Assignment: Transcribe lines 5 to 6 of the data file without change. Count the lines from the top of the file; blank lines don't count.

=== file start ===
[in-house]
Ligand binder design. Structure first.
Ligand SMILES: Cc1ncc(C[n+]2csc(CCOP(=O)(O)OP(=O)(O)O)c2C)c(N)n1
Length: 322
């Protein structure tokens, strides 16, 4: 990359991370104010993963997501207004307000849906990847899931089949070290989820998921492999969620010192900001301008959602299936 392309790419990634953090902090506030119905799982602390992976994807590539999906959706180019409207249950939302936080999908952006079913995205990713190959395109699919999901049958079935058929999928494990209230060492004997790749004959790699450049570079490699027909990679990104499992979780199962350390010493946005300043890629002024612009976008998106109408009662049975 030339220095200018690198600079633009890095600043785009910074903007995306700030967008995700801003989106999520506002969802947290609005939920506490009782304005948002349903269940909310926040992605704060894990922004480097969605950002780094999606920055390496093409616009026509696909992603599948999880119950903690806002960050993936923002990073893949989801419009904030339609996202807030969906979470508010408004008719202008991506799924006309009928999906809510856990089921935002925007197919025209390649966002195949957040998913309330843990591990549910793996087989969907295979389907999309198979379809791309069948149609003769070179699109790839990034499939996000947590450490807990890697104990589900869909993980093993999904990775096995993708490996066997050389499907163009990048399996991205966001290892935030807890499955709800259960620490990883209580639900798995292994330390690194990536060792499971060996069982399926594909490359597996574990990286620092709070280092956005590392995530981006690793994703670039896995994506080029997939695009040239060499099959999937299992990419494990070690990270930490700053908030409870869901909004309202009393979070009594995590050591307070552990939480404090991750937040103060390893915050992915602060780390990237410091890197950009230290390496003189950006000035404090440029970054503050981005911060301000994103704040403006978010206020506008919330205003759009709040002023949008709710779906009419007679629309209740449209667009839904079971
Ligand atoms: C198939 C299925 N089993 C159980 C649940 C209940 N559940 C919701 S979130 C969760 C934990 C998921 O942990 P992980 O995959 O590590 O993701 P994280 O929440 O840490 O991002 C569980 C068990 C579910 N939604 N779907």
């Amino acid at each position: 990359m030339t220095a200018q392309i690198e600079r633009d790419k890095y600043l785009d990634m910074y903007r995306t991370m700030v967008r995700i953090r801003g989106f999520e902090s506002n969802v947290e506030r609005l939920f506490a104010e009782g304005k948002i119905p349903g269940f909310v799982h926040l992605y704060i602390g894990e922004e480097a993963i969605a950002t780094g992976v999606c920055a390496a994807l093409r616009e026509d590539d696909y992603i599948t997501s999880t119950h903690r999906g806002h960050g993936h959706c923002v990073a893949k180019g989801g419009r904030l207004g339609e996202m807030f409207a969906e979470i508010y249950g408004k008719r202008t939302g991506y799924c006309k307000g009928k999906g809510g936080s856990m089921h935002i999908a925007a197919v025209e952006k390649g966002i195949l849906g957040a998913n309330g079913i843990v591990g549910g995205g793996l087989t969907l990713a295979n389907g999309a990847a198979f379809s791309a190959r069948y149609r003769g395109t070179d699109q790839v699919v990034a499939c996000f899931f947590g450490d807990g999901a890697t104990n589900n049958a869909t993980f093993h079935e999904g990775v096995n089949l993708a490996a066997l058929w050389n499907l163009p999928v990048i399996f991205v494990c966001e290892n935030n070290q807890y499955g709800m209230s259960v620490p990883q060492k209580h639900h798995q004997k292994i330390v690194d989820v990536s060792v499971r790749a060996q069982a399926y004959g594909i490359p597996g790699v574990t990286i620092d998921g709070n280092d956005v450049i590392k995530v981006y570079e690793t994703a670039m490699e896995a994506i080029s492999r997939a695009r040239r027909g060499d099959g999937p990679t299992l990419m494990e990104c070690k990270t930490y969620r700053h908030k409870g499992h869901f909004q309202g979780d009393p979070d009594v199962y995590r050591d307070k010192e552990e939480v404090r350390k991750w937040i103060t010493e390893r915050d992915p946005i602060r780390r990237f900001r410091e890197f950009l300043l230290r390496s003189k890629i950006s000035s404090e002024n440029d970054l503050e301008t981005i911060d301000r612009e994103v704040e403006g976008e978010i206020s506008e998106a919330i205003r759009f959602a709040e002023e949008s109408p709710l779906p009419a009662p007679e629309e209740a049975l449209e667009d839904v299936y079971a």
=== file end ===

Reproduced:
């Protein structure tokens, strides 16, 4: 990359991370104010993963997501207004307000849906990847899931089949070290989820998921492999969620010192900001301008959602299936 392309790419990634953090902090506030119905799982602390992976994807590539999906959706180019409207249950939302936080999908952006079913995205990713190959395109699919999901049958079935058929999928494990209230060492004997790749004959790699450049570079490699027909990679990104499992979780199962350390010493946005300043890629002024612009976008998106109408009662049975 030339220095200018690198600079633009890095600043785009910074903007995306700030967008995700801003989106999520506002969802947290609005939920506490009782304005948002349903269940909310926040992605704060894990922004480097969605950002780094999606920055390496093409616009026509696909992603599948999880119950903690806002960050993936923002990073893949989801419009904030339609996202807030969906979470508010408004008719202008991506799924006309009928999906809510856990089921935002925007197919025209390649966002195949957040998913309330843990591990549910793996087989969907295979389907999309198979379809791309069948149609003769070179699109790839990034499939996000947590450490807990890697104990589900869909993980093993999904990775096995993708490996066997050389499907163009990048399996991205966001290892935030807890499955709800259960620490990883209580639900798995292994330390690194990536060792499971060996069982399926594909490359597996574990990286620092709070280092956005590392995530981006690793994703670039896995994506080029997939695009040239060499099959999937299992990419494990070690990270930490700053908030409870869901909004309202009393979070009594995590050591307070552990939480404090991750937040103060390893915050992915602060780390990237410091890197950009230290390496003189950006000035404090440029970054503050981005911060301000994103704040403006978010206020506008919330205003759009709040002023949008709710779906009419007679629309209740449209667009839904079971
Ligand atoms: C198939 C299925 N089993 C159980 C649940 C209940 N559940 C919701 S979130 C969760 C934990 C998921 O942990 P992980 O995959 O590590 O993701 P994280 O929440 O840490 O991002 C569980 C068990 C579910 N939604 N779907």